Canadian brokers and market analysts are less gloomy about office sector dynamics than their peers in the United States, recently released results of the Transwestern-Devencore midyear 2020 commercial real estate sentiment survey reveal. Nevertheless, real estate advisory teams across 43 urban centres in the two countries consistently anticipate a decline in leasing activity, more demand for concession packages, a slowdown in new development and lower investment prices. On the flipside, they are generally more upbeat about industrial market prospects.
Survey respondents in eight major Canadian cities — including Toronto, Montreal, Vancouver and Calgary — registered slumping confidence via a 30-point slide in the office sentiment index. The office sector fell decisively into the weak end of the scale, in which 100 represents a perceived neutral market, as the rating fell from 104 at year-end 2019 to 73.8 by June 2020. The downward trajectory was even steeper in U.S., where the office index dropped from 106.9 in December to 61.8 at midyear 2020.
“Across both countries, traditional office space is expected to lag as occupiers pause leasing decisions until the pandemic is under control,” observes Elizabeth Norton, senior managing director of research services at Transwestern. Tied to accelerating uptake of remote work options and economic uncertainty, Canadian survey respondents foresee short-term renewals will become more of the norm as tenants reassess how much space they will need.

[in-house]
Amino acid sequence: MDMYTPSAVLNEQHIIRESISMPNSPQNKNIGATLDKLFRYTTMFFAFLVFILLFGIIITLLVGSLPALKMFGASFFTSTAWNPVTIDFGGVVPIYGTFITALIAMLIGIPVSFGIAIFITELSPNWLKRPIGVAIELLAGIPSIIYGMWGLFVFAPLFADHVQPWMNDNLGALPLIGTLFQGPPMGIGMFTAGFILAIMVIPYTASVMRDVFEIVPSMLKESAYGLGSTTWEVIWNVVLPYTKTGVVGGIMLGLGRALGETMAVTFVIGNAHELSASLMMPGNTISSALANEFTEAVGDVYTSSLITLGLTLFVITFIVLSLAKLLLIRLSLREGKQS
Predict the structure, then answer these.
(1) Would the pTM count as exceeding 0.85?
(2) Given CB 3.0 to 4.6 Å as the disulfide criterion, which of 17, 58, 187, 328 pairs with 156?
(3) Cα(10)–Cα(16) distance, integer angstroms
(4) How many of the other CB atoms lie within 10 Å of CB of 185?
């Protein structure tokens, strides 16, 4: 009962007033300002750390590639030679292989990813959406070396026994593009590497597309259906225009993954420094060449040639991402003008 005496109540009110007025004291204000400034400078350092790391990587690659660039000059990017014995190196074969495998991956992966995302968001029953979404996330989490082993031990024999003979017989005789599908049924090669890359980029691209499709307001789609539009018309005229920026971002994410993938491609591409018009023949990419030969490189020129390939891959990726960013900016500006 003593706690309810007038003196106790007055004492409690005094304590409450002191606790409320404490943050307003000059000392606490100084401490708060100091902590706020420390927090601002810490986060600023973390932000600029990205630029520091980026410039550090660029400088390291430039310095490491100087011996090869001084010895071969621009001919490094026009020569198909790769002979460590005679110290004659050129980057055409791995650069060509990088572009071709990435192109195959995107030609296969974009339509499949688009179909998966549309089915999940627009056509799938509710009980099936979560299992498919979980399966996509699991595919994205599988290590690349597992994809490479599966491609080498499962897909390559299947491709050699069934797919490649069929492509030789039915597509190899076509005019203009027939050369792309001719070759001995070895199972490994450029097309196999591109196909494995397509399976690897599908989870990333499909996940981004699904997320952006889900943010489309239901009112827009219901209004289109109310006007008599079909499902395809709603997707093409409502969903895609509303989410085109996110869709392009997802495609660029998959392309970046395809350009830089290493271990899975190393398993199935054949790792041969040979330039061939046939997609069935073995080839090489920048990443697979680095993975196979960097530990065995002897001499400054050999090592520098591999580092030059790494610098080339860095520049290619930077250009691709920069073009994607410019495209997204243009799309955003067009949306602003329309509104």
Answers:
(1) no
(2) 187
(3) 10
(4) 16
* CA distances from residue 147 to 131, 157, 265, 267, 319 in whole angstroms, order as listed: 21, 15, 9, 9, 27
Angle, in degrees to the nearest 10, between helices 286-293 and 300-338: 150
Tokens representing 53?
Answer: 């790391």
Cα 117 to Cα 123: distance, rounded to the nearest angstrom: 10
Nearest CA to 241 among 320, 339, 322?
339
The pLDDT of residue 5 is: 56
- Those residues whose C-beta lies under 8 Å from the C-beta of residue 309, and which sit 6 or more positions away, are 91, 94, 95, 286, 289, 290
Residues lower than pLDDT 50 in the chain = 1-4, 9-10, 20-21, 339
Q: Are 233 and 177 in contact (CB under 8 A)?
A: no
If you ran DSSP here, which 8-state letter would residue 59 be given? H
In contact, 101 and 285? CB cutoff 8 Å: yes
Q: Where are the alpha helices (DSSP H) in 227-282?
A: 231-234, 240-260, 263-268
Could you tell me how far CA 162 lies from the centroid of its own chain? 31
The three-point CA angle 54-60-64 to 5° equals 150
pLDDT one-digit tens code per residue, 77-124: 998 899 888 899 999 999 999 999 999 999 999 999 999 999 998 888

“Market concerns revolve around the unpredictable nature of COVID-19 and the true impact to the market given several tenants are likely to downsize as a result,” the accompanying report concludes. “Half of respondents expect development levels to decline during the second half of 2020. Roughly 79 per cent of respondents expect investment pricing to remain flat or to decline slightly, while 50 per cent believe interest will remain flat.”
Confidence in industrial markets has also slipped since 2020 began, but still hovers on the up side of neutral on both sides of the border. The Canadian industrial index fell slightly more than 28 points, from 129 to 100.9. The U.S. slide was more moderate — from 116.2 in December 2019 to 104.4 at midyear 2020.
“The industrial property sector will continue to flourish as much of its tenant base is essential businesses,” projects Matt Dolly, director of research with Transwestern. Notably, Canadian analysts attribute sluggish development activity to a lack of available land rather than diminished demand.
“Respondents expect pent-up demand stemming from the shutdown. This will likely be driven by distributors and third-party logistics. However, demand is also expected from manufacturers, as they look to overstock inventory levels to avoid further supply-chain disruption. A continued concern is lack of options and limited new construction, particularly in Quebec and Ontario,” the market sentiment report states.